The Danger of Distractions

Updated: Mar 15

If you speak with almost anyone in the workplace today, they will say the same thing. They have too much work to do and can’t catch up. There are many contributing factors to this situation, but one of the biggest is the role distractions play in getting work done.


With many of my clients, I work with them to institute a quarterly business review. It’s a great way for an executive team to gain insight into the business's various parts and build accountability for the various functional leaders. It’s also a great way for those functional leaders to use their platform in those quarterly business reviews to identify business challenges. In those templates, I always include a slide titled distraction. The intent is to identify any concerns they have about variables that pull people away from the core work.


Distractions identified in those presentations can run a wide range. Here are some examples:

  • Construction in the building

  • CEO pet projects

  • CEO’s wife and her pet projects

  • Morale based on some recent company decisions

  • Conflicting messages from two different leaders

  • Customer complaints

  • Ongoing additions to workload

  • And many more…


Each of these has a solution, and in that quarterly business review forum, we talk about the solutions. Keep in mind the CEO is part of these reviews. If the distraction is ignored and allowed to continue, there is a cost to it. Life is about choices, and if a distraction is not addressed, it will have consequences.


Those examples are at the organizational level. This happens at the individual level as well. We are inundated with so many sources of input around us, whether co-workers, managers, peers, direct reports, social media, family, friends, clients, etc. It’s amazing we get anything done! For example, I recently had to write a strategic plan for a client. It was the second one of the week. I HAD to get it done, but I also HAD to meet with a partner for dinner. It was a long-scheduled dinner with out-of-town folks and involved other people too. I went a few minutes late to dinner to be able to work right up to the time I was absolutely needed, and while desserts and coffee were being served, I quietly paid the bill and announced I needed to leave. I had a great deal of pushback that would have made it much easier to stay. I knew they were going to be there for another long while, and I simply couldn’t give in to the distraction, so I firmly said I needed to leave because of this deadline.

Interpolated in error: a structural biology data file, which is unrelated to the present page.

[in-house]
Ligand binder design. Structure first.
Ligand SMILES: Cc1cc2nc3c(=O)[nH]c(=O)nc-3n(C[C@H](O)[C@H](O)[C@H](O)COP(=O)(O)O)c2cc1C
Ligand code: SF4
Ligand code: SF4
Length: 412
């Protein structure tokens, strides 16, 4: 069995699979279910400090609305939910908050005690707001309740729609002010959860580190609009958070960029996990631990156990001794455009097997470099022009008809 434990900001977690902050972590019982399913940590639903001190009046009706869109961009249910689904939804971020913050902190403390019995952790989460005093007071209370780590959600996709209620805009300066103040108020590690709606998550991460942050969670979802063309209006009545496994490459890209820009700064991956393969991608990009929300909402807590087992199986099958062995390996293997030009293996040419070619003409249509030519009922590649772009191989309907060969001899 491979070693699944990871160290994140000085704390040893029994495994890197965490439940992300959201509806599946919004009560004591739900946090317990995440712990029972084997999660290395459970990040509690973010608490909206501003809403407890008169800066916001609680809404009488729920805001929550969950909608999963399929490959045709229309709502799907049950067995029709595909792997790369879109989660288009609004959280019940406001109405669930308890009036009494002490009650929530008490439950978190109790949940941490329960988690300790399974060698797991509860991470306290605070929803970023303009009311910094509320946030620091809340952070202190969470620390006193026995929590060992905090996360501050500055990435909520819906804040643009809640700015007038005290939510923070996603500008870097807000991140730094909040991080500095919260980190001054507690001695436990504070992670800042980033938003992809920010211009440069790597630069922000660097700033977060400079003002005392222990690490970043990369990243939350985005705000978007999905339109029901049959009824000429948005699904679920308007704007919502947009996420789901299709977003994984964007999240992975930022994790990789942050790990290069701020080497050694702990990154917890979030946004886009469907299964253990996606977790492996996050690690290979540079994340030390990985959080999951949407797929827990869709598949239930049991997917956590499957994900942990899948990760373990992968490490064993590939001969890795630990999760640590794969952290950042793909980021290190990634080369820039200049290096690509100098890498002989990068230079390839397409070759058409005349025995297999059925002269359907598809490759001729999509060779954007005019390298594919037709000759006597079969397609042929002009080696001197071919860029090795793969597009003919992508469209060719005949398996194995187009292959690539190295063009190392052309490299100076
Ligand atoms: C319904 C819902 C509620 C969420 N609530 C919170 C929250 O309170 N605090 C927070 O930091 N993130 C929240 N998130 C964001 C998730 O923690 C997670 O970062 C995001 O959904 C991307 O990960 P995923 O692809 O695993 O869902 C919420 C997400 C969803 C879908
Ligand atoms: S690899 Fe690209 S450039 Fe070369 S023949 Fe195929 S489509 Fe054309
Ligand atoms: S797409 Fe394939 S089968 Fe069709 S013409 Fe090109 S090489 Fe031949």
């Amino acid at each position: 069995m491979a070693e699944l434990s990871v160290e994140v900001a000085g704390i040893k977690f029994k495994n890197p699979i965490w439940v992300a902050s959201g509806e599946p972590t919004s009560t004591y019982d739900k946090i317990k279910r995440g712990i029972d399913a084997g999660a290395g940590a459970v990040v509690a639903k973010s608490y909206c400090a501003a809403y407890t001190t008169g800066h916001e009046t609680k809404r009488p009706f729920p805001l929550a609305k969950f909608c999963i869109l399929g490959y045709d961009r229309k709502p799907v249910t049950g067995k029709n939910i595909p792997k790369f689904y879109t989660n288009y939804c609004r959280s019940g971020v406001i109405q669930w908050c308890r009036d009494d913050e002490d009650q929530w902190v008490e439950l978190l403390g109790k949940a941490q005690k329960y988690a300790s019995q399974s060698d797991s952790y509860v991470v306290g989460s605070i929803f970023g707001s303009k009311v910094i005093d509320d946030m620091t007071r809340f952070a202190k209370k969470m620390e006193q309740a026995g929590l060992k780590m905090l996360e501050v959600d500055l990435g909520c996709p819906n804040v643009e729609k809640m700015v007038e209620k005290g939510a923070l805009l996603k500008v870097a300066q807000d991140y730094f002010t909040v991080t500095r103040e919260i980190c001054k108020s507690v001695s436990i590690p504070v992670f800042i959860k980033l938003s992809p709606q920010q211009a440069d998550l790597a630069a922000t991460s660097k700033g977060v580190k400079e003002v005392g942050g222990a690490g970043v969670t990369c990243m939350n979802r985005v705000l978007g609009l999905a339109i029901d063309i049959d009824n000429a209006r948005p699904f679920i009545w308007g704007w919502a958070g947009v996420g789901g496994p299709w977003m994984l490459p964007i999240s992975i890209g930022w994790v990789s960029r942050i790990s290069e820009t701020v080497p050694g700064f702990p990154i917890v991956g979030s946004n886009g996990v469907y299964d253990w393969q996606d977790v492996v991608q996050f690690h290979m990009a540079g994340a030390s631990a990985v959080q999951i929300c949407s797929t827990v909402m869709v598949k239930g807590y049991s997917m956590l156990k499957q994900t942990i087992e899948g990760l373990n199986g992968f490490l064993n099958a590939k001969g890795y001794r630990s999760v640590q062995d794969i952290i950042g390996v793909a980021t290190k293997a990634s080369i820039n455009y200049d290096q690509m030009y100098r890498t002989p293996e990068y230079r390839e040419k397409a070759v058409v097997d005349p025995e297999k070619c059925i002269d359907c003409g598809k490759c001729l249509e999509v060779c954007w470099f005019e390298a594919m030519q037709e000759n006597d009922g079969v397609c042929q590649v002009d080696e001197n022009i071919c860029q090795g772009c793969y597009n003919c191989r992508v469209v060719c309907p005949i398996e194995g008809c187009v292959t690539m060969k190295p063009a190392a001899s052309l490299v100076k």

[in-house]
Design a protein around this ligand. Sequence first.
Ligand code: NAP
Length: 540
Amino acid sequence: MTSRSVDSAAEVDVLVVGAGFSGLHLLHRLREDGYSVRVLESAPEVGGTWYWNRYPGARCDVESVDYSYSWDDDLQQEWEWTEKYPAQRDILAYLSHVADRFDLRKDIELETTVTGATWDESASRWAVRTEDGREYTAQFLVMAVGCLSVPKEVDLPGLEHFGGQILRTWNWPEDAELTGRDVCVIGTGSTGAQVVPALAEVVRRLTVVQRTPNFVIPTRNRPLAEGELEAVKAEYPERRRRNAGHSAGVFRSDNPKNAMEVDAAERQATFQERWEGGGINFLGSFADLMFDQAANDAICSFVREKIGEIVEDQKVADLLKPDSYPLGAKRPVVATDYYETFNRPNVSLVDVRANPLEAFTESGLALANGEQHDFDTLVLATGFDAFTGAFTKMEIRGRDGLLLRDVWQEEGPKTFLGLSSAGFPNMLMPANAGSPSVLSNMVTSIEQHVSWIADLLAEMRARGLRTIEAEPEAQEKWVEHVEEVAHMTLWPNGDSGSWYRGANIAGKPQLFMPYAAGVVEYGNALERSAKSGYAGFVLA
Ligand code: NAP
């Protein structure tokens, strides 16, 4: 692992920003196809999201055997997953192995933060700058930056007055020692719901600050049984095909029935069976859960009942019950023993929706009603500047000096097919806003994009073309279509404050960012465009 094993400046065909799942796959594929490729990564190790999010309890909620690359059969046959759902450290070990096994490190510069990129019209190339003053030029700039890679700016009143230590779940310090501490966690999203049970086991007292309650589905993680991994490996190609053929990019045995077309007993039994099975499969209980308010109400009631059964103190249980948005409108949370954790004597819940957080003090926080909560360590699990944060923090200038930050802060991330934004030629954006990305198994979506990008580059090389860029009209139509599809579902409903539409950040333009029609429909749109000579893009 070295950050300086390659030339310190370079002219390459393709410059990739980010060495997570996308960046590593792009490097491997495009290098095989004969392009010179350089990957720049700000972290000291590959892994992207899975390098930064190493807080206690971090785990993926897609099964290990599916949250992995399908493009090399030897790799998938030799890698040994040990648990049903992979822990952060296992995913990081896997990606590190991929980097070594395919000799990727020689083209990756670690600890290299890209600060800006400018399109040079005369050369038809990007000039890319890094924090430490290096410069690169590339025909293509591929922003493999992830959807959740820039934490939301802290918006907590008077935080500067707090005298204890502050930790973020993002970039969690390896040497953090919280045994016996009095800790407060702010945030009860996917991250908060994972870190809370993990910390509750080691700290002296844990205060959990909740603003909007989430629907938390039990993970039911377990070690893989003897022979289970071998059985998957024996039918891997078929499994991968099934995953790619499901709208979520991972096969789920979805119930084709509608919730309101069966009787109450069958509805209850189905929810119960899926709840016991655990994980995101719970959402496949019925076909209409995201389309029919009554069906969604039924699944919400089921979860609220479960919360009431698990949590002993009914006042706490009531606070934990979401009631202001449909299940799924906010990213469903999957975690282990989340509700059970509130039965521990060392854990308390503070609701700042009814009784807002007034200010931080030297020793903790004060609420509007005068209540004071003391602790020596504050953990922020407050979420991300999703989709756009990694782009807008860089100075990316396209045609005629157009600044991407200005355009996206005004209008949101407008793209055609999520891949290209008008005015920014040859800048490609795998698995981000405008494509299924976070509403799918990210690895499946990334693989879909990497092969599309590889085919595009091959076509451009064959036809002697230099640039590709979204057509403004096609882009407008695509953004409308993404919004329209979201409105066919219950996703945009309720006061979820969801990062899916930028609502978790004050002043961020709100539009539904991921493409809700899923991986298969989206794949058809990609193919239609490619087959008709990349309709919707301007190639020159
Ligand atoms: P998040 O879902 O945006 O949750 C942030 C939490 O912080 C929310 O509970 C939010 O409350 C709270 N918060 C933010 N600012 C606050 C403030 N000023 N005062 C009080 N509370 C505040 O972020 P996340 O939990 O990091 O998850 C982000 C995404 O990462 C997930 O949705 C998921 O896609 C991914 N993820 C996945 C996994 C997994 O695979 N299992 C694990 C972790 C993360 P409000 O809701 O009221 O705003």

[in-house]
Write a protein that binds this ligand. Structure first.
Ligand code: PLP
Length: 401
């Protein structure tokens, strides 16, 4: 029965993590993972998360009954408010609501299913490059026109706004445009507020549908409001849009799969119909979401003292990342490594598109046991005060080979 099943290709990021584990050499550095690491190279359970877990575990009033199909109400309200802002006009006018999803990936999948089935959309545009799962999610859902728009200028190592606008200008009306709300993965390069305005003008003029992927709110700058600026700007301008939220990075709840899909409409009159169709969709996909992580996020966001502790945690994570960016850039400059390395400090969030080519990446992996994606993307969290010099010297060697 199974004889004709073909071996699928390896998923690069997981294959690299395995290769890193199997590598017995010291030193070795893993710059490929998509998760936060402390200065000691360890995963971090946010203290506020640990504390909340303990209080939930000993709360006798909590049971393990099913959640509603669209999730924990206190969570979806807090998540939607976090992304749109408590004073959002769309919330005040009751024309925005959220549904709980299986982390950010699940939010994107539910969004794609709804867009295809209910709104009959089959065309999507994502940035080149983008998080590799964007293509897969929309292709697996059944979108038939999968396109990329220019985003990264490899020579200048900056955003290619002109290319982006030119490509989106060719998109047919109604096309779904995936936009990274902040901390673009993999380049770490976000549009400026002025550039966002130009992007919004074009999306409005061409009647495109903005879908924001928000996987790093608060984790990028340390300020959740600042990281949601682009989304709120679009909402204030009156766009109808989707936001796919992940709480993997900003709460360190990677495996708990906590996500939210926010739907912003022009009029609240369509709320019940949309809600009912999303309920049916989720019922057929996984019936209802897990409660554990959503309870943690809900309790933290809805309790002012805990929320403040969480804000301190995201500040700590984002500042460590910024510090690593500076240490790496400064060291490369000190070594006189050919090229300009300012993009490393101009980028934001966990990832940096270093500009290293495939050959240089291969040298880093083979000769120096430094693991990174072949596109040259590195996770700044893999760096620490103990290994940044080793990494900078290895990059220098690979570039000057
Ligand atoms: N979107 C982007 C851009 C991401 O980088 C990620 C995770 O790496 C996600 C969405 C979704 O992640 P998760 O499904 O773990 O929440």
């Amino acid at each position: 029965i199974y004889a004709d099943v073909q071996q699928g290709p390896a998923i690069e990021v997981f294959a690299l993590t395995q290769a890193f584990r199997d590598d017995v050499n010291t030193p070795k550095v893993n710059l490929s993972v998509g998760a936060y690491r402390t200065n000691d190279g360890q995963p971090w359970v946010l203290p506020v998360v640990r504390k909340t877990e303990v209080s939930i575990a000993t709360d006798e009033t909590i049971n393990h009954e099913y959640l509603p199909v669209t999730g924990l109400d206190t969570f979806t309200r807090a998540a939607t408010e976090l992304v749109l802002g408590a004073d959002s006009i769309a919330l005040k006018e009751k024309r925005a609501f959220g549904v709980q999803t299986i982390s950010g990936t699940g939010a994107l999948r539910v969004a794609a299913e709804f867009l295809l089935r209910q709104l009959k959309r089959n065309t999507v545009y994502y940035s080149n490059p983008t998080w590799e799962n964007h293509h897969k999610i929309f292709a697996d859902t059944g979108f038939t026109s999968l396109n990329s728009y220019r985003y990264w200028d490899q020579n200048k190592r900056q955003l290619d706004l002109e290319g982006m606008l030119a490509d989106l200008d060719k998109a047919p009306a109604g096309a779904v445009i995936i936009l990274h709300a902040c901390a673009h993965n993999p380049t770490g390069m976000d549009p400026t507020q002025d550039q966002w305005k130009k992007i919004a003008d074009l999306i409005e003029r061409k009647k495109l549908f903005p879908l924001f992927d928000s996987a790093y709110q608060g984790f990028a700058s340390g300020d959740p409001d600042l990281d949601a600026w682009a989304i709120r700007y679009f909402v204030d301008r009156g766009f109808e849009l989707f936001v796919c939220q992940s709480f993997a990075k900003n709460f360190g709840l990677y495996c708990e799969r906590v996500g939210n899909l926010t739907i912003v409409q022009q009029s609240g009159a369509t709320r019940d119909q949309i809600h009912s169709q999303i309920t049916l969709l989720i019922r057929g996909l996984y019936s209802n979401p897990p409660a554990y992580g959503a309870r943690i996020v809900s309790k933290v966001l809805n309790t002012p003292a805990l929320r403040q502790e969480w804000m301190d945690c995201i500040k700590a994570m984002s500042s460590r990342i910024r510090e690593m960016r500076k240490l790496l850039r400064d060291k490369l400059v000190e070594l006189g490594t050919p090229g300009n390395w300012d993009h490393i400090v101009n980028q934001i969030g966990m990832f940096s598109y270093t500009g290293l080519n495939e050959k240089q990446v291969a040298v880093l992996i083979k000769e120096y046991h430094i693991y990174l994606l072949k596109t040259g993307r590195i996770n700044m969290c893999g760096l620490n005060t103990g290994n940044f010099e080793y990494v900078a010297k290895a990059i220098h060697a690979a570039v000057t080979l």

There are a number of tips to help you manage distractions.

  1. Make a list of what needs to get done and prioritize it A, B, C. A’s need to get done that day without fail.

  2. Put yourself in a place where what you need to do is your only focus.

  3. Block your time in chunks. Work at your fullest potential and greatest focus during those blocks of time. In between those blocks of time, surface and briefly check-in on email, texts, and calls to address the fires so you can re-immerse yourself into a focused state.

  4. Remove items that allow people to reach you. In my case, I will shut off my phone while giving the most important people in my life a heads up to call my husband if there is an emergency. Everyone else can survive a few hours until I surface. This includes turning off email on all your devices because simply the chiming will call your attention to it.

  5. Break the task down and set small/near-term deadlines to drive productivity and manufacture focus.

  6. Every time your mind wants to wander, jot the idea down in your journal to provide comfort that you will come back to it but remove it from your thought process.

  7. Keep saying this mantra to yourself, “This won’t get done unless I do it. Just stay engaged and get it done so I can then do other things.”